Brussels, 24th January 2017
Today the European Parliament (EP) Environment (ENVI) Committee voted on the EP’s report and amendments to the European Commission’s (EC) proposal - COM(215) 595 final - to revise the Waste Framework Directive (2008/98/EC).
HCWH Europe generally welcomes the ENVI Committee’s support for the amendments on food waste - such as a new food waste definition, a food waste hierarchy, and food waste reduction targets.
No common definition of “food waste” currently exists in the EU, which forces Member States to work with different national definitions and, as a consequence, different methodologies to prevent and reduce food waste. Therefore, a harmonised, legally binding, European definition of food waste is necessary in order to better regulate food waste and improve efforts to prevent and reduce food waste across all Member States.
The new proposal is to define food waste as “food intended for human consumption, either in edible or inedible status, removed from the production or supply chain to be discarded including at primary production, processing, manufacturing, transportation, storage, retail and consumer levels, with the exception of primary production losses”1.
HCWH Europe welcomes the important addition of a definition of food waste, but regrets the exclusion of losses at the primary production stage from it. By excluding this stage, a considerable amount of food waste will not fall under this definition, and therefore there will be no obligation on Member States to reduce it.
HCWH Europe also applauds the adoption of a food waste hierarchy. This is a key instrument that will play a major role in the management of food waste, as food has specific priorities and potential for re-use that are not applicable to the waste management of other products. For example, there are particular recovery processes that can only be applied to food, such as the donation of unused food to charities and social organisations, or its use for animal feed or composting. Now approved by the ENVI Committee of the EP, these resourceful stages of food waste management are one step closer to being officially recognised by the EU and legally binding for Member States.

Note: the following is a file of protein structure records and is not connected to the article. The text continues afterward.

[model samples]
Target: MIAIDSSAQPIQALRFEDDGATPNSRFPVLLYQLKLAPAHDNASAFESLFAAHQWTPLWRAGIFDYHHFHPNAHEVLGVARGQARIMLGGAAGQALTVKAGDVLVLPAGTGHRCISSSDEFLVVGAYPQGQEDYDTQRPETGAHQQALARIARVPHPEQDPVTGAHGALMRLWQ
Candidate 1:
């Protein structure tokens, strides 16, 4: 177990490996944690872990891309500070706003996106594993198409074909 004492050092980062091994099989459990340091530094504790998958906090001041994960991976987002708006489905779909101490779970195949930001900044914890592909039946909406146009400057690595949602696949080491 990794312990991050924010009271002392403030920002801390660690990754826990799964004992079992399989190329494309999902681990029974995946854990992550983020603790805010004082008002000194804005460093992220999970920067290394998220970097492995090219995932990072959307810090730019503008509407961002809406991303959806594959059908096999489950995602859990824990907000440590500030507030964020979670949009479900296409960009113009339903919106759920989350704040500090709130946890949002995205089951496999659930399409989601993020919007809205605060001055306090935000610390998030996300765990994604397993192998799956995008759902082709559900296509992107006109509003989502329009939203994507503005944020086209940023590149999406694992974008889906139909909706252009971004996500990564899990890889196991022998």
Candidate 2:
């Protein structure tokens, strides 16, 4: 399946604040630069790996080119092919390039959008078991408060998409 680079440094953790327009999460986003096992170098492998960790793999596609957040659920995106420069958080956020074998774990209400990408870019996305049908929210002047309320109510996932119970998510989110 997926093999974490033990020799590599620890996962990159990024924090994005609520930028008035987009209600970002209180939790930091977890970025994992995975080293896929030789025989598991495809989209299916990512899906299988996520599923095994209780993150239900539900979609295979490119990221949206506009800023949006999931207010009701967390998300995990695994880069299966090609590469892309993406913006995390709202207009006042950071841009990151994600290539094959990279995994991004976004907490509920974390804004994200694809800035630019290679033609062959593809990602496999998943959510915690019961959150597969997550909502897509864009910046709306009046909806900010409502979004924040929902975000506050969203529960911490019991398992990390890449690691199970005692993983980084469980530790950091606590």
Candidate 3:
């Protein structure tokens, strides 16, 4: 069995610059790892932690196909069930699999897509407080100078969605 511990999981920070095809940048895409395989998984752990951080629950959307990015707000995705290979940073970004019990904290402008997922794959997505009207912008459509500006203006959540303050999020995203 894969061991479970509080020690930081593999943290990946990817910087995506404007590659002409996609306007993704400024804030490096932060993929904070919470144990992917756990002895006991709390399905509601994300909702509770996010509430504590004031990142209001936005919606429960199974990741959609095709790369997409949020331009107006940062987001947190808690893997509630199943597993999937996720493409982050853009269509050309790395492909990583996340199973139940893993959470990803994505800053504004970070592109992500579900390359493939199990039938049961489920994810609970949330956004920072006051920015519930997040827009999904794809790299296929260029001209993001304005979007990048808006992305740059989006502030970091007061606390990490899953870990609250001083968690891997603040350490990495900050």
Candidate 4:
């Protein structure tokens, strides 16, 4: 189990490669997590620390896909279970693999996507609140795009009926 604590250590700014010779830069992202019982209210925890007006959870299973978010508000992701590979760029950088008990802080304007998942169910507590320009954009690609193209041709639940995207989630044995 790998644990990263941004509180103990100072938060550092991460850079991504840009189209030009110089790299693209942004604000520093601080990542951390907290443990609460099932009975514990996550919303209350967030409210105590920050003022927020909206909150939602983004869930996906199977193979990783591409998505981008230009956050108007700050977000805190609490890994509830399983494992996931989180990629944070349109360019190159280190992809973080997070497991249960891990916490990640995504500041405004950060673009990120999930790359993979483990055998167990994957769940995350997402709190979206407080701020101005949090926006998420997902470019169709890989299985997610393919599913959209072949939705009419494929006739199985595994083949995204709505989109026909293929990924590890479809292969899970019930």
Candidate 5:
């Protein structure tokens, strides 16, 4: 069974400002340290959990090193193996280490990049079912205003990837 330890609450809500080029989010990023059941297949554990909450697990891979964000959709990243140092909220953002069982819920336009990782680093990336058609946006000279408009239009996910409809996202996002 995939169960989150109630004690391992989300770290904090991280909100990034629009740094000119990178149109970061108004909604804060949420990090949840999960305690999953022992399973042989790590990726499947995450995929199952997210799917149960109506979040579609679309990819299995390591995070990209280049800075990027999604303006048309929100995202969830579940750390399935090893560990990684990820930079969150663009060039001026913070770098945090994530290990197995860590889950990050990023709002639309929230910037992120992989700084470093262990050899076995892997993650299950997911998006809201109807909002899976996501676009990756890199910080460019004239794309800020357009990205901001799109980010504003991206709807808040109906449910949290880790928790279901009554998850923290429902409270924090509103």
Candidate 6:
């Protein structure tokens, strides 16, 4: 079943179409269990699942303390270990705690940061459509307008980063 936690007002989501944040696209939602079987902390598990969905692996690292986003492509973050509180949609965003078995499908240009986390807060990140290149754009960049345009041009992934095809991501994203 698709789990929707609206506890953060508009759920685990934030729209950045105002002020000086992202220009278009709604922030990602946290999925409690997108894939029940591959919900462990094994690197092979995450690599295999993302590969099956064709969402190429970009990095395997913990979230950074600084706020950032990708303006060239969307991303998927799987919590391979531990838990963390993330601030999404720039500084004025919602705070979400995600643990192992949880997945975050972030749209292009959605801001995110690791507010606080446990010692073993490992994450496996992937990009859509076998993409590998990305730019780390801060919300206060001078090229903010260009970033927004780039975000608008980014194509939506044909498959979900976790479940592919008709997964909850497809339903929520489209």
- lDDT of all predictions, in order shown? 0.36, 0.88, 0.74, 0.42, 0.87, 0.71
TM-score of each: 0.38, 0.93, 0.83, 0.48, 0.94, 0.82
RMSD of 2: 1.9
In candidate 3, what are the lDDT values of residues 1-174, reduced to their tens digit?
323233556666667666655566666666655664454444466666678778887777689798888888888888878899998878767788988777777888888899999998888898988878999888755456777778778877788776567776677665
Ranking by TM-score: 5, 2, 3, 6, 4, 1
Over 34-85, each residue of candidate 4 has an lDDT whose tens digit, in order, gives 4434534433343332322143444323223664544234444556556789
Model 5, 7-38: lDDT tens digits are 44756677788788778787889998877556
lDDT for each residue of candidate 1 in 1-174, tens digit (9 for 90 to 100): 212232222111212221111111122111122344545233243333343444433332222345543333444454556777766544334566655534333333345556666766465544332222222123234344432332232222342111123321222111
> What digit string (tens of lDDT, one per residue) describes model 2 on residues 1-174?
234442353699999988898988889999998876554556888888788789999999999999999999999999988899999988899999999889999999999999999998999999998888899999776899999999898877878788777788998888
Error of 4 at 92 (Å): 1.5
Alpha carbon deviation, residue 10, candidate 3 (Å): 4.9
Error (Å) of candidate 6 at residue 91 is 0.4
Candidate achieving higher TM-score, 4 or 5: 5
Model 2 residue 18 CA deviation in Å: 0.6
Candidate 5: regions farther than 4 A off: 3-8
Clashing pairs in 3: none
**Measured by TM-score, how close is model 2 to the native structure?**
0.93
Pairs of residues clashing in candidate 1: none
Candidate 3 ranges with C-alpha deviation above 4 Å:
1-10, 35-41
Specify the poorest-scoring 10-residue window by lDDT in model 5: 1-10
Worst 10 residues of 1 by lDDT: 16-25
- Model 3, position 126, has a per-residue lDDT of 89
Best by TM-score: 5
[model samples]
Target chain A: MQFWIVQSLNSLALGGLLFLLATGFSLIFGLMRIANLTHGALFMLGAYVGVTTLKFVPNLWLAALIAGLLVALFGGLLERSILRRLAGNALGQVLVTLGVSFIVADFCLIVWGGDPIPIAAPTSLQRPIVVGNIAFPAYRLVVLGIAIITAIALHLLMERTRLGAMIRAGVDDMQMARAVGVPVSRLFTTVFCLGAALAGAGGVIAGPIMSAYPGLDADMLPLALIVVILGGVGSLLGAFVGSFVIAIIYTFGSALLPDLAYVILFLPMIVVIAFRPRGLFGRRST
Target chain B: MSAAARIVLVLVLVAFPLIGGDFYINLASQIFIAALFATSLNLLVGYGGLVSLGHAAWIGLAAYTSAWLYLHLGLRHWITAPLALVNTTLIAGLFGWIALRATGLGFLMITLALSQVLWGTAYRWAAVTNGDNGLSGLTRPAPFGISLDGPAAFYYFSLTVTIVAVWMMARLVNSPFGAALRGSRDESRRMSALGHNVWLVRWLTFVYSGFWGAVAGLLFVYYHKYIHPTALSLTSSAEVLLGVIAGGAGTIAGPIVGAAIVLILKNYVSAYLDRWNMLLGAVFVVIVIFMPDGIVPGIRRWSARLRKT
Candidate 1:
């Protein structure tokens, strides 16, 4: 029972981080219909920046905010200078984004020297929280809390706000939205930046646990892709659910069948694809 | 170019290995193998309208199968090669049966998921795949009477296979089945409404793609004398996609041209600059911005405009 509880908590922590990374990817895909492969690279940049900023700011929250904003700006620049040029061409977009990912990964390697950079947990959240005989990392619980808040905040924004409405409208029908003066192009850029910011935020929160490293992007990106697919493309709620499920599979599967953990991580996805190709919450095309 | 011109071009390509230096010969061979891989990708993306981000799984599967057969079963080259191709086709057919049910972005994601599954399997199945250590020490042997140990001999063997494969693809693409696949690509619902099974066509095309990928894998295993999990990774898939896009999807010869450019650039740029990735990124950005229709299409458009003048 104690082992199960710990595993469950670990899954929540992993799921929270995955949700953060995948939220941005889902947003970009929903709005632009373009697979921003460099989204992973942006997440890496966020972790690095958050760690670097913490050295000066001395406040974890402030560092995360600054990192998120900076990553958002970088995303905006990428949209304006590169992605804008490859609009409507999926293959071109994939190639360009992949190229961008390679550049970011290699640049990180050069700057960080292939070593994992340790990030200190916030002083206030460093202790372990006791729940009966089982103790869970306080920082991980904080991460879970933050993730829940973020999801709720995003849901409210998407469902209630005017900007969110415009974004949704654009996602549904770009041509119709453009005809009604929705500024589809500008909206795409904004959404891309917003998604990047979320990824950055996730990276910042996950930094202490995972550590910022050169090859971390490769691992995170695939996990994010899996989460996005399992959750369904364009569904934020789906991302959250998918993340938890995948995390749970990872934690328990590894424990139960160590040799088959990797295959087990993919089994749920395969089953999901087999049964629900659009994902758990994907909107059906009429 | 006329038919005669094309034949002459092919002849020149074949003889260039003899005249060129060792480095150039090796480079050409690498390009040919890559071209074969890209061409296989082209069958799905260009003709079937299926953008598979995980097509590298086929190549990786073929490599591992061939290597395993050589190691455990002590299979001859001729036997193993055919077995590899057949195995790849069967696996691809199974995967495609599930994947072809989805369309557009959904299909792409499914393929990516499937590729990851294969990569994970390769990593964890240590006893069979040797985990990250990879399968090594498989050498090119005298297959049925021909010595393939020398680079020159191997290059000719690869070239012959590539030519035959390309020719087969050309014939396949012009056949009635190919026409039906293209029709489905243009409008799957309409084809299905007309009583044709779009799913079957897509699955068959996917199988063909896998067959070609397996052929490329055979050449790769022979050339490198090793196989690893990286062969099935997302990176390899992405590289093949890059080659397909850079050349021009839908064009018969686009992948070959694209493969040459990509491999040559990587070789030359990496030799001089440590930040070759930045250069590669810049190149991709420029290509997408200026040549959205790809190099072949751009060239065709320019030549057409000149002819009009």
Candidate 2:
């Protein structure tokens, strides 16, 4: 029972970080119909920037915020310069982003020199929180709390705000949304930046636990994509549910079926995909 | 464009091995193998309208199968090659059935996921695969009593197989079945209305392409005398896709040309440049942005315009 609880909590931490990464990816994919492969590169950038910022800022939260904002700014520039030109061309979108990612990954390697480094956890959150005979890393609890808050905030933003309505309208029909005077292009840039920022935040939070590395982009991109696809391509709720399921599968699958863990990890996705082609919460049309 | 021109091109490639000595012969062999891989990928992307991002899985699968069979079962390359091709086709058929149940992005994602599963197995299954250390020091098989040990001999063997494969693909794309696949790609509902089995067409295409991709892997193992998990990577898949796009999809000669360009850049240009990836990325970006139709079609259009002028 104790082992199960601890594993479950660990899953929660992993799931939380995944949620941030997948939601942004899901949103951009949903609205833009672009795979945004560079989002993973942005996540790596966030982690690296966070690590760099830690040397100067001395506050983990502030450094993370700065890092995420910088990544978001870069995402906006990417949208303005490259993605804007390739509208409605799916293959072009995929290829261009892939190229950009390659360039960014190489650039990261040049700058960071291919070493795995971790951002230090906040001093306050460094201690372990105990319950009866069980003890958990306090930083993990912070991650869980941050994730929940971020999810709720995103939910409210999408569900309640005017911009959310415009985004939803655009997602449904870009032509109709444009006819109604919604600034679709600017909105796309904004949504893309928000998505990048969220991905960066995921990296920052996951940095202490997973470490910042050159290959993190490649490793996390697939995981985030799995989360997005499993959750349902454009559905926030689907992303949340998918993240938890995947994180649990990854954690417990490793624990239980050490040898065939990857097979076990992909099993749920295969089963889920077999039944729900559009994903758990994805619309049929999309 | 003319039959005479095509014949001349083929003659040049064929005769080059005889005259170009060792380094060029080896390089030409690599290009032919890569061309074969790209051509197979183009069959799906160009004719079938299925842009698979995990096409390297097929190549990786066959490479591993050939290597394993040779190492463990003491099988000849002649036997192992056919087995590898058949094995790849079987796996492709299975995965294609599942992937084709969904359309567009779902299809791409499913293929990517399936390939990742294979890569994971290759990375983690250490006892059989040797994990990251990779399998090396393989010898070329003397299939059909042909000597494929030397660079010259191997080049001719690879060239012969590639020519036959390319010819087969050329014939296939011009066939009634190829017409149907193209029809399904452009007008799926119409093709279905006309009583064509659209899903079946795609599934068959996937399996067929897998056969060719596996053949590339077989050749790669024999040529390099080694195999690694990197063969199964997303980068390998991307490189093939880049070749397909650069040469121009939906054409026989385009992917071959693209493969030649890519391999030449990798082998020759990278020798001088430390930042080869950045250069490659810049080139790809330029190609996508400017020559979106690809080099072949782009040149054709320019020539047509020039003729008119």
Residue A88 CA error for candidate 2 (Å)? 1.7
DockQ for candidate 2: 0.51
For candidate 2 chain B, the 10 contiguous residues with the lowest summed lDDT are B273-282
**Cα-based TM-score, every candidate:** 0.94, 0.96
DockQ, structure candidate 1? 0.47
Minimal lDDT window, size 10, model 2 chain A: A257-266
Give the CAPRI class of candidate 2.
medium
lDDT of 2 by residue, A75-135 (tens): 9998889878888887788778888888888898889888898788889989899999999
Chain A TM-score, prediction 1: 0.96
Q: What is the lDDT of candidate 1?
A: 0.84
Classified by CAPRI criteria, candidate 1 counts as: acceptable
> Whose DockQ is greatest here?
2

“In relation to food waste, we feel optimistic about the progress made by the ENVI Committee and we hope that the amendments adopted today will be supported by the vote in plenary. However, the establishment of loose objectives rather than strict targets for food waste reduction is regrettable, as they might not necessarily lead to significantly reducing food waste in Europe”
Ana-Christina Gaeta, Resources Policy Officer, HCWH Europe.
Today’s vote was in favour of Member States working towards the objective of a 30% reduction in food waste by 2025 and a 50% reduction by 2030. As welcome as these reduction targets are, the wording of the targets means that they are not legally binding and therefore may not have the desired effect.
In light of the EU commitment to the United Nation’s Sustainable Development Goal (SDG) 12.3, which explicitly calls for a global 50% reduction of food waste per capita “by 2030, at the retail and consumer levels, and reduce food losses along production and supply chains, including post-harvest losses”2, it is regrettable that the ENVI Committee did not call for legally binding targets.
HCWH Europe works towards better management and regulation of food waste in European hospitals. The revision of the Waste Framework Directive (2008/98/EC) should be considered an opportunity by the European institutions to pave the way towards reducing the 88 million tonnes3 of food wasted in Europe each year.